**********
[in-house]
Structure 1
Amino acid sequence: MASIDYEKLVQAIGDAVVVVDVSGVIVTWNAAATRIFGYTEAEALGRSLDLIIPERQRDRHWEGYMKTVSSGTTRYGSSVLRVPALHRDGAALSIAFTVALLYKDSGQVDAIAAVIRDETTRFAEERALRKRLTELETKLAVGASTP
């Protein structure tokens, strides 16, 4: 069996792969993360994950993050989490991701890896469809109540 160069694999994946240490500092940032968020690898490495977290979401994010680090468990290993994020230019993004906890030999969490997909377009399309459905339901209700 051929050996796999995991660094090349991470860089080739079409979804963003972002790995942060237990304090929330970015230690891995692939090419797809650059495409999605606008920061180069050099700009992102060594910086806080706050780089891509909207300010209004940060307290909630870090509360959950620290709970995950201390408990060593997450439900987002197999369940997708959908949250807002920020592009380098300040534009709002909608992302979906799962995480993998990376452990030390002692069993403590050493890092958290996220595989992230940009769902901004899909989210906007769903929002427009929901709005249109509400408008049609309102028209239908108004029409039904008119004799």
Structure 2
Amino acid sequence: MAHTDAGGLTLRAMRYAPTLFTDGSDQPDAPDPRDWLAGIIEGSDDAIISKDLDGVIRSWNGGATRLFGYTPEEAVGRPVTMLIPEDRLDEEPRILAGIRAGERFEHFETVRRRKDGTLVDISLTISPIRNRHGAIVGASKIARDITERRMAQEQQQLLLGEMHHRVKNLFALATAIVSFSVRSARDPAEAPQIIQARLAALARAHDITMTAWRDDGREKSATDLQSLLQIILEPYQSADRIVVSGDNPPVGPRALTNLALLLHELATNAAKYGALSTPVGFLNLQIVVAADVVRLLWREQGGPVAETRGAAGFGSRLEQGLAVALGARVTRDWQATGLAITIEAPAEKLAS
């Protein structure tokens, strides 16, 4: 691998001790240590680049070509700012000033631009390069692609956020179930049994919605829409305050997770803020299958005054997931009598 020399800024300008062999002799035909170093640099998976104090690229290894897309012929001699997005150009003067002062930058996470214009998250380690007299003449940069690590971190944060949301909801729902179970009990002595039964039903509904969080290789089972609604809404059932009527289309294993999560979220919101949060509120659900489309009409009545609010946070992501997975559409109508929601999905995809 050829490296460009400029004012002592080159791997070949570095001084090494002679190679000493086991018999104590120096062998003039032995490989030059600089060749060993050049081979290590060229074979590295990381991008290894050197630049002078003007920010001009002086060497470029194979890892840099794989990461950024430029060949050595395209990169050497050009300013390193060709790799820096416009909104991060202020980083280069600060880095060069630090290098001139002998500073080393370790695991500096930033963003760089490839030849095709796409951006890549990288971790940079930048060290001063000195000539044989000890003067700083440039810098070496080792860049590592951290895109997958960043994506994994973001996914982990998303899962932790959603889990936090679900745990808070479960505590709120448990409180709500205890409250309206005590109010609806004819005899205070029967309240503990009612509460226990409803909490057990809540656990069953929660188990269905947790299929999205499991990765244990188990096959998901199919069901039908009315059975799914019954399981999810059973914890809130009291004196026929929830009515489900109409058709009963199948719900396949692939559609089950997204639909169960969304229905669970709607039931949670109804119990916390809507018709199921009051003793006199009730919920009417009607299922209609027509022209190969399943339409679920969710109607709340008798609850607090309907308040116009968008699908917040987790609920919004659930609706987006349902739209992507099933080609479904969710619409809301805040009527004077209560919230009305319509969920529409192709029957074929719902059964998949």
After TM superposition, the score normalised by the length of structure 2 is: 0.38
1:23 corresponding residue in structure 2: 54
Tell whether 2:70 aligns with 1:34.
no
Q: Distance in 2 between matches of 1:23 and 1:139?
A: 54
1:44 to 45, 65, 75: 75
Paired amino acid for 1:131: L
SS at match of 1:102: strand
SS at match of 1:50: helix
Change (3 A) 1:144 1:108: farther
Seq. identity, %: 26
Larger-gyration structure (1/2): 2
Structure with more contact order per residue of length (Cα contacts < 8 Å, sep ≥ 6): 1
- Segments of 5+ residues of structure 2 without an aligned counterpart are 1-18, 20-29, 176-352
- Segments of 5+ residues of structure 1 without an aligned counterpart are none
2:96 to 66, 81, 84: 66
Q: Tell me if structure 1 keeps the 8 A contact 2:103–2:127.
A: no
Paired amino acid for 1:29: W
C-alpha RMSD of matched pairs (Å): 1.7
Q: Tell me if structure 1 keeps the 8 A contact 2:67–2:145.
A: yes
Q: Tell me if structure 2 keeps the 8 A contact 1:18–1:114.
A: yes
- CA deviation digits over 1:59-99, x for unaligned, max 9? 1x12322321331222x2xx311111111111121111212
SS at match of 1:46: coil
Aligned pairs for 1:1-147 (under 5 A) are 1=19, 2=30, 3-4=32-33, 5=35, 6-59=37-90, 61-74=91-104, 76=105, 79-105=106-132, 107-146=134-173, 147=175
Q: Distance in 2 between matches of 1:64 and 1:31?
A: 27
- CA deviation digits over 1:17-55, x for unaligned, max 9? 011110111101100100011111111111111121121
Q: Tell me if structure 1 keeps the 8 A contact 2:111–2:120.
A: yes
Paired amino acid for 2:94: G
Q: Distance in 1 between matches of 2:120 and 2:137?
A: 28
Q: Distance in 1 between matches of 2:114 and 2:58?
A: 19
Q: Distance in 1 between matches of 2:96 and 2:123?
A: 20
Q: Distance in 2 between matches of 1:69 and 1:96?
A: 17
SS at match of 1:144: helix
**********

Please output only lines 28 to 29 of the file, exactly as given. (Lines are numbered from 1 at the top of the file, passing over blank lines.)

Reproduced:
C-alpha RMSD of matched pairs (Å): 1.7
Q: Tell me if structure 1 keeps the 8 A contact 2:67–2:145.